“Aurora worked very closely with New Era and the university throughout the entire process, from design through the final sign-off,” added Paul Harris, CEO of Aurora Multimedia. “Our technical staff provided on- and off-site support to make sure the system was rolled out as smoothly as possible. With Aurora’s close working relationship with the SDVoE Alliance and our in-house development team, we were also able to quickly deploy new features that were required specifically for this project.”
“Another challenge was the refresh rate the esports gaming platform utilizes, as it was not a traditional setting that we typically deploy,” said Greene. “Aurora Multimedia and Netgear were instrumental in helping us achieve that refresh rate to produce the desired outcome for the university.”
Dante expansion cards were deployed to independently route the digital audio from the gaming PCs directly to the audio processor on the same network and cabling as the video, control, and other data signals.
In addition to the flashy pro AV technology, the training space features 30 HP Omen gaming computers with 24-inch monitors and high-end graphics cards.
The Need for Speed
Internet speed is crucial for gaming—even less than one second of lag can prove fatal for gamers. To address this issue, the school installed additional fiber from Comcast Business.
“Consistent, reliable, lightning-fast connectivity is absolutely critical for our esports program,” said Eric Darr, Ph.D., president of Harrisburg University of Science and Technology. “Slow internet for our gamers is worse than a blackout at a football game because the entire competition may have to be restarted.”
“The technology needs of this incredible facility go beyond just the gaming,” added Toni Murphy, vice president of Comcast Business for the Keystone Region. “High-speed internet from the Comcast advanced network has allowed the Whitaker Center [home of the HU Storm’s dedicated practice facility] to implement seamless e-ticketing, and an easy-to-access Wi-Fi network for fans to stream and post to social media in real time.”
After the AV solutions were selected, the next task was obtaining commitments from the production team and all of the manufacturers that they would be able to meet the rigorous timeline.
“The combination of onboarding the design team early on and being part of the construction team helped keep the projects on track,” said Greene. “Having direct interaction with the client allowed the team to ensure the client’s needs were being addressed to produce the desired outcome. Additionally, support from the manufacturers involved to ensure the products and solutions were showcased appropriately was also critical. The combination of these elements helped to ensure Harrisburg University’s satisfaction.”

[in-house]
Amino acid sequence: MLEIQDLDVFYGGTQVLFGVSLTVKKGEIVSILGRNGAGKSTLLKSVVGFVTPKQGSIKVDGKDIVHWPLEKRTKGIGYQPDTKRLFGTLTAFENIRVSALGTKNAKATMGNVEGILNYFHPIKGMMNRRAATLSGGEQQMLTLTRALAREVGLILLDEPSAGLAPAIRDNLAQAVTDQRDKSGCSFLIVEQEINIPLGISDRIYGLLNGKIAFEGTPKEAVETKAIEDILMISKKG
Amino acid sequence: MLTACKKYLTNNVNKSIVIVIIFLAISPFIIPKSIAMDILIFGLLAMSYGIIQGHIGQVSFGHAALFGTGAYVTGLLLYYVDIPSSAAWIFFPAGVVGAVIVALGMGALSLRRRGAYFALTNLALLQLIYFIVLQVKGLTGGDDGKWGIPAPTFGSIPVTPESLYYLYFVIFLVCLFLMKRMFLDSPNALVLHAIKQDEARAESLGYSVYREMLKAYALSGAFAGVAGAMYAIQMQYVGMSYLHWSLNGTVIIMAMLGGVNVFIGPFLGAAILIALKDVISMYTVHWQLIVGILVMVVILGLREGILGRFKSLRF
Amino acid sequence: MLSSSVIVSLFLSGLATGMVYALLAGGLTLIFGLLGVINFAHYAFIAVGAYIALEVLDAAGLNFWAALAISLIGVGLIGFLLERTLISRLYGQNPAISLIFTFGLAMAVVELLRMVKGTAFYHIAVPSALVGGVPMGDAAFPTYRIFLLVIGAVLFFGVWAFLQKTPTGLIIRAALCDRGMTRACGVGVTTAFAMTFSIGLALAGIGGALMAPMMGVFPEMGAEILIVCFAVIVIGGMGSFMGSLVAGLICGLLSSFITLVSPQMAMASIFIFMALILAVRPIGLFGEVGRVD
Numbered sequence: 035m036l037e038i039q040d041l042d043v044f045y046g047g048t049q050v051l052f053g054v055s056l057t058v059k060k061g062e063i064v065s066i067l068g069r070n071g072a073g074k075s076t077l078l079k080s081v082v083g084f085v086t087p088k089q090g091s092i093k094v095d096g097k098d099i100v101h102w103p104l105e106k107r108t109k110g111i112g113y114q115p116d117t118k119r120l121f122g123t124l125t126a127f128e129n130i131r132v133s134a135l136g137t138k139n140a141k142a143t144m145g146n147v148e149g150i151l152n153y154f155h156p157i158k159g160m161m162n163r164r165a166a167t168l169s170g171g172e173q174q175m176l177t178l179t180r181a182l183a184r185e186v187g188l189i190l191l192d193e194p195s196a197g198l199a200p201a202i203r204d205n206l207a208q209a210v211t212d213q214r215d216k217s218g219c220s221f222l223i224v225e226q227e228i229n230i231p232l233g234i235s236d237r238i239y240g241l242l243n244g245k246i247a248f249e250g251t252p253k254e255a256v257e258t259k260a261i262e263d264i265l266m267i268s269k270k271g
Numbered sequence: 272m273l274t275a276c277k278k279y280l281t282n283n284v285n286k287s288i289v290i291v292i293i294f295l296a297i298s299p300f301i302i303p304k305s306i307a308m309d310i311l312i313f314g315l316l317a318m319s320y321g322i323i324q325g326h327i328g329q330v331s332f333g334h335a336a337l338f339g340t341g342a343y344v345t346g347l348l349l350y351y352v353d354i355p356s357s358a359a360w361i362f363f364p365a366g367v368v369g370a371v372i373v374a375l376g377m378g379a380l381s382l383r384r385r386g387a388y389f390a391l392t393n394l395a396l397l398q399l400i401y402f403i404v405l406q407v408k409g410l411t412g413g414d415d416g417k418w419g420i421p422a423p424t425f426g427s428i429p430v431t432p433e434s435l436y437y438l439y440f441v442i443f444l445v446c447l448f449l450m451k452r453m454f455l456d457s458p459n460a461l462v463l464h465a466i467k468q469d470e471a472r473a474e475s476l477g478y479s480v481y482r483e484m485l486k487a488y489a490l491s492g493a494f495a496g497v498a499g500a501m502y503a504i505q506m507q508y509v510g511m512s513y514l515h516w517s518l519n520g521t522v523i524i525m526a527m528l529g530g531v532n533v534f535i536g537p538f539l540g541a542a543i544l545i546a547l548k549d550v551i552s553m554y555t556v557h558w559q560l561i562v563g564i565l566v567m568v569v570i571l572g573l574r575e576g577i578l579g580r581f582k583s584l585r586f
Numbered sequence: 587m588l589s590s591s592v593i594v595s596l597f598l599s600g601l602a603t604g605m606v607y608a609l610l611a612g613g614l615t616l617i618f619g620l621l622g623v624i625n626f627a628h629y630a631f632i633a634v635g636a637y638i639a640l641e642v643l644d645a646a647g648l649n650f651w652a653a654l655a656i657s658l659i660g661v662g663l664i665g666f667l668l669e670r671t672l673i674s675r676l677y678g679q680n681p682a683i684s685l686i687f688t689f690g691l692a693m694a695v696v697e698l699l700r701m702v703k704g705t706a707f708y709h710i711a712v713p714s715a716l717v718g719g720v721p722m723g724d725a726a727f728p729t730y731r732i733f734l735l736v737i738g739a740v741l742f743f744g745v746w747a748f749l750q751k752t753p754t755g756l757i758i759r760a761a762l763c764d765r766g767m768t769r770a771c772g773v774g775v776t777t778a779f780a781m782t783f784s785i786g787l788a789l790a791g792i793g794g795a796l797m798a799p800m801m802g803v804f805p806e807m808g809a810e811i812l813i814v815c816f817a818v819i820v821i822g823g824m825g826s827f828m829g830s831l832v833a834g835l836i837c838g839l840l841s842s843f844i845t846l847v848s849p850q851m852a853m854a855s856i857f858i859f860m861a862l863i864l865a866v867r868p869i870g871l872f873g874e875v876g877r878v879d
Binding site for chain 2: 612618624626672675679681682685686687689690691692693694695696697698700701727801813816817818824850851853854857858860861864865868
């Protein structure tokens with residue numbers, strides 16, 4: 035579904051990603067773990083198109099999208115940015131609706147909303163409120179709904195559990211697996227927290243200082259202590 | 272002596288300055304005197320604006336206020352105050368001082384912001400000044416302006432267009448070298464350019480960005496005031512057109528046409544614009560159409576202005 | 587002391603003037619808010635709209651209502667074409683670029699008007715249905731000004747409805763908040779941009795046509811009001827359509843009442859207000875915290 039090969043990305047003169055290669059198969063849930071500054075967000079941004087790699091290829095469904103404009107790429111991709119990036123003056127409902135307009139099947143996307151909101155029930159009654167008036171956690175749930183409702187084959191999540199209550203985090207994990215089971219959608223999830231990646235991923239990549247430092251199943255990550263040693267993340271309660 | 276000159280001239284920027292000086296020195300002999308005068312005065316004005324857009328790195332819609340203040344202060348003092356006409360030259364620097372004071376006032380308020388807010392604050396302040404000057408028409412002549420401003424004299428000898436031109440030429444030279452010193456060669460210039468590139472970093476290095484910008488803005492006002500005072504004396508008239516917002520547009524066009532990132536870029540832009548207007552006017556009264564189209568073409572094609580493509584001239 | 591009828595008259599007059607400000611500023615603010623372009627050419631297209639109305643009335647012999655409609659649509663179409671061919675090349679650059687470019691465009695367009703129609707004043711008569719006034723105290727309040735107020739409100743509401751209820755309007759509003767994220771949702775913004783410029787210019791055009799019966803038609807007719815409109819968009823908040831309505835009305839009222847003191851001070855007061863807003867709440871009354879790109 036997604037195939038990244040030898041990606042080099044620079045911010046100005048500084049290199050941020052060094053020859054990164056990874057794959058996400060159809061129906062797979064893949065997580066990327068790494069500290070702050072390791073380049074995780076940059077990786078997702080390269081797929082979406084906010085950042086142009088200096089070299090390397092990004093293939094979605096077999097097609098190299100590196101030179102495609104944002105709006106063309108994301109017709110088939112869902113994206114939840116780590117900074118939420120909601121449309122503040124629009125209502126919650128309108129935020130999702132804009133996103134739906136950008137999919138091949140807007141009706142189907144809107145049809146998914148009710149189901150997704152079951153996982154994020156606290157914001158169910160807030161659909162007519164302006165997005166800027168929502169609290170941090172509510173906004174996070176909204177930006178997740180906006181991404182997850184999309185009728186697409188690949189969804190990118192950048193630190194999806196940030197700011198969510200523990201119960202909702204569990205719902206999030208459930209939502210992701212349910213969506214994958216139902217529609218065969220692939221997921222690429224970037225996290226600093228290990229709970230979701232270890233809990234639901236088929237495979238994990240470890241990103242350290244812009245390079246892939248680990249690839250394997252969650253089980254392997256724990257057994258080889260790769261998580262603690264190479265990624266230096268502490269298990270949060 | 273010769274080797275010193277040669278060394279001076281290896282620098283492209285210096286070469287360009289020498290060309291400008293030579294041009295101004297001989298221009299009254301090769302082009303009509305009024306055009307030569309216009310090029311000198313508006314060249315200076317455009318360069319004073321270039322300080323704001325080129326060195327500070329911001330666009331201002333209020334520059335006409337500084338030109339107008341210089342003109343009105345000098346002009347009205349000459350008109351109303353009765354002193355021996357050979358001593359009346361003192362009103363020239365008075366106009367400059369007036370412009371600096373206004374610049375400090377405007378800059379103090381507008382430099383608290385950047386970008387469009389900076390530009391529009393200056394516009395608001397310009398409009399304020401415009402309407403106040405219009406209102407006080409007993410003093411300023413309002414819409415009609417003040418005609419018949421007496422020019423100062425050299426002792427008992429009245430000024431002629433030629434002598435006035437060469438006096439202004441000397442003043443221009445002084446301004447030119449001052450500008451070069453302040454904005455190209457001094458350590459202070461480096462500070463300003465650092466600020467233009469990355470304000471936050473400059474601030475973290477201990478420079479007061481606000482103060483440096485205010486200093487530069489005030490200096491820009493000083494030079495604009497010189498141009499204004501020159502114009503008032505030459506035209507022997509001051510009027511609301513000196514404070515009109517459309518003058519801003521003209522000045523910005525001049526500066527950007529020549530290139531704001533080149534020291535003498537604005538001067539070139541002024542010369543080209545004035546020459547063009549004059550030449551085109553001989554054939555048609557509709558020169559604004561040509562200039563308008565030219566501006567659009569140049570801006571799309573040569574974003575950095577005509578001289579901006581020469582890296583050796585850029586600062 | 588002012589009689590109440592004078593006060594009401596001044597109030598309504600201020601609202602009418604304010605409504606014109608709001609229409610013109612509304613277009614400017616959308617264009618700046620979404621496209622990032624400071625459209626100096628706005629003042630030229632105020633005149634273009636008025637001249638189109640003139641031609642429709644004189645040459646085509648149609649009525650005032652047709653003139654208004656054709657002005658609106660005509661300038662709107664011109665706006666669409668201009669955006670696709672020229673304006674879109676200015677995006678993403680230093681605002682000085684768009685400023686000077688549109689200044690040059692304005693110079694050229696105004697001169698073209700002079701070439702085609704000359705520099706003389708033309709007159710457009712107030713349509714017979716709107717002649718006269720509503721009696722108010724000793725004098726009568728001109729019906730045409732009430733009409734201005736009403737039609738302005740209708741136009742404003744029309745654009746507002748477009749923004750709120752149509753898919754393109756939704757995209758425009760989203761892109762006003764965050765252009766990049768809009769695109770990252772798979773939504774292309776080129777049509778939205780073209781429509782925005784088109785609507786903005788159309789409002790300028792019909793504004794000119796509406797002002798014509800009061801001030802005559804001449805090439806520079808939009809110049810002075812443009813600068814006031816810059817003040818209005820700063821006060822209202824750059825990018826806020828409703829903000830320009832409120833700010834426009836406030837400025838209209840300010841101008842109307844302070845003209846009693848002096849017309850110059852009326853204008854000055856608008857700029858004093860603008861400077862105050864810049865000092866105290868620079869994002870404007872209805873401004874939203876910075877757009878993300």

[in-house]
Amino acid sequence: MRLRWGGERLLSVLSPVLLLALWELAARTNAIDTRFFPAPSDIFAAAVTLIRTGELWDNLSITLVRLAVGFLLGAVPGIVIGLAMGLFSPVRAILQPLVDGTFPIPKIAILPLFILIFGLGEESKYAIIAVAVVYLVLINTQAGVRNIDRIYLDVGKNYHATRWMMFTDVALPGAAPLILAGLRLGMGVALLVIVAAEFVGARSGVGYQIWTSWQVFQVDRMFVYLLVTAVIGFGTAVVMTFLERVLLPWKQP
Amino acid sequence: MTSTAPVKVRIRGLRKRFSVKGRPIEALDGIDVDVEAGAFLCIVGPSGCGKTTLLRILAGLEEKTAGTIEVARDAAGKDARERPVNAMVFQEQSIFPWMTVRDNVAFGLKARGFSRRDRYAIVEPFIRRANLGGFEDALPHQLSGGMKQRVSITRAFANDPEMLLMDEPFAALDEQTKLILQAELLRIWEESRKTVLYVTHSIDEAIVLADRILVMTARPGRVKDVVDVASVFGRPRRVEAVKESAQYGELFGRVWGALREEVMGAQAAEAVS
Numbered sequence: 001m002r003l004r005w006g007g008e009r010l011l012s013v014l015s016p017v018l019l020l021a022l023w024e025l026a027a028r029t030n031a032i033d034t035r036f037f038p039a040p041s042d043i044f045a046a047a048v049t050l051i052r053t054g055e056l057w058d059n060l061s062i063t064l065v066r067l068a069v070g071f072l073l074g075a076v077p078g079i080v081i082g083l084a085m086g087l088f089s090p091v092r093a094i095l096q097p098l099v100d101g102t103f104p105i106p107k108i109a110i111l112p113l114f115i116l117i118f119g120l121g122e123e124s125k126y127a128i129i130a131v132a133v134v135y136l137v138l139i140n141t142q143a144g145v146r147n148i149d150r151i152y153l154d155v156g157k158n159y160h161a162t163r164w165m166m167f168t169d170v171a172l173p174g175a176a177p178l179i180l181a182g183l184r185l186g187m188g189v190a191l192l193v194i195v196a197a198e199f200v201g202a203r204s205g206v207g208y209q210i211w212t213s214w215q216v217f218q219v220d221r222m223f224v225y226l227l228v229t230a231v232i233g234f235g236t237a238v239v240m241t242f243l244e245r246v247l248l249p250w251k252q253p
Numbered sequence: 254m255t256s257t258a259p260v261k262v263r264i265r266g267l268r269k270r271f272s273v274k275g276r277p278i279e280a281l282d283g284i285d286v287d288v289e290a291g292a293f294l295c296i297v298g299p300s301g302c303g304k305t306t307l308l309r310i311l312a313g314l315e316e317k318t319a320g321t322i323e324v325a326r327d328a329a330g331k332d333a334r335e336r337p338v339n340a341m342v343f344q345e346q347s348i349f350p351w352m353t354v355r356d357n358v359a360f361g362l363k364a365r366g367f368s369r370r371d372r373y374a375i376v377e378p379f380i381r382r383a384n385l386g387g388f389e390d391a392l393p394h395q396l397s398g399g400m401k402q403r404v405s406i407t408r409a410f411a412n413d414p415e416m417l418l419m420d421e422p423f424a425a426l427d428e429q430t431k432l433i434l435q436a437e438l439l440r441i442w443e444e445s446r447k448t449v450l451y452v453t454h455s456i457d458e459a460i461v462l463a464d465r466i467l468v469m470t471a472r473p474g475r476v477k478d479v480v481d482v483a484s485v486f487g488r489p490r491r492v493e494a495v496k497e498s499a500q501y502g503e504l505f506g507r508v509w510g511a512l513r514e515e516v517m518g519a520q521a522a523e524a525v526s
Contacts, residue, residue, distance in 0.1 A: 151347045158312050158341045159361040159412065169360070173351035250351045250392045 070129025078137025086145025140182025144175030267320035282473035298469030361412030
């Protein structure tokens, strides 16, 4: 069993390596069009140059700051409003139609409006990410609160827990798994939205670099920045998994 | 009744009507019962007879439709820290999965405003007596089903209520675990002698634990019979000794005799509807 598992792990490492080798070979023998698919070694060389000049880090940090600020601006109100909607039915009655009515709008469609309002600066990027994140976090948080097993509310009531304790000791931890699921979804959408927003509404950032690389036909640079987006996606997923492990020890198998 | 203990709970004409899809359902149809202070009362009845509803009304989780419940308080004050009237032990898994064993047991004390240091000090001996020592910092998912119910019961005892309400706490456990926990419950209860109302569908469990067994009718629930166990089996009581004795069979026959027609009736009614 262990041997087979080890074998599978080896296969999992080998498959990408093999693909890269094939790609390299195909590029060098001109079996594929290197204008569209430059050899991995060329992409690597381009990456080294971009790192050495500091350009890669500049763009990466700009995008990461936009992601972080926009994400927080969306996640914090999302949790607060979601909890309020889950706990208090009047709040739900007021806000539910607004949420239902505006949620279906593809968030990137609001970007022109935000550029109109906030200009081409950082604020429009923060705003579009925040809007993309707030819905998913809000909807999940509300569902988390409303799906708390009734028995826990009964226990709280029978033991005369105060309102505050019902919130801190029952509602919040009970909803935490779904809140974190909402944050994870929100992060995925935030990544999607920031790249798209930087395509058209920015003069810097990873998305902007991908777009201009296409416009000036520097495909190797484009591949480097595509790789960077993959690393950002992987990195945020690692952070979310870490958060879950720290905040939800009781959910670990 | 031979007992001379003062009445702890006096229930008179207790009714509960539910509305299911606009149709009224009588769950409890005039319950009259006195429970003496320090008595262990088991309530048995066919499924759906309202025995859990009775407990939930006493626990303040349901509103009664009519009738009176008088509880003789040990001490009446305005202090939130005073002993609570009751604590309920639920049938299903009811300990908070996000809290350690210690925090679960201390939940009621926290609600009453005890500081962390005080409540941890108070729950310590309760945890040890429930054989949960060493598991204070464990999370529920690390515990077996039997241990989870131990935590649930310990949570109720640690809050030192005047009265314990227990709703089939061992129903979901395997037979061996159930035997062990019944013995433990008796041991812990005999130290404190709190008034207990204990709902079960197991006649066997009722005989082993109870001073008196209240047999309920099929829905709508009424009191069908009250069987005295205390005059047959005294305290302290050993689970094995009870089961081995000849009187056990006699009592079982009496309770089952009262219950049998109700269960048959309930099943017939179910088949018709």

As part of its commitment to an on-time delivery, New Era’s project team conducted daily reports and regular meetings to maintain momentum, keeping everything on track and moving forward. Facility access and infrastructure considerations were coordinated with Harrisburg’s general contractors.
“Working closely with Keith Thomas at Harrisburg University and the New Era Technology design team, we were able to come up with an impressive system that met all of their needs while giving them room for future growth,” said Mike Morgan, CTS, general manager, Central PA, New Era Technology. “This facility has become a jewel not only for Harrisburg University, but for the entire collegiate esports community, and I’m proud to say it aided the university Overwatch team to capture the 2019 national championship.”
“Harrisburg University was one of the first universities to be fully vested to esports,” concluded Greene. “This facility has now become the standard for viable esports programs within the higher education vertical market. Additionally, with the team’s national championship win in the first year of the program, the surrounding area has become an eastern hub for esports.”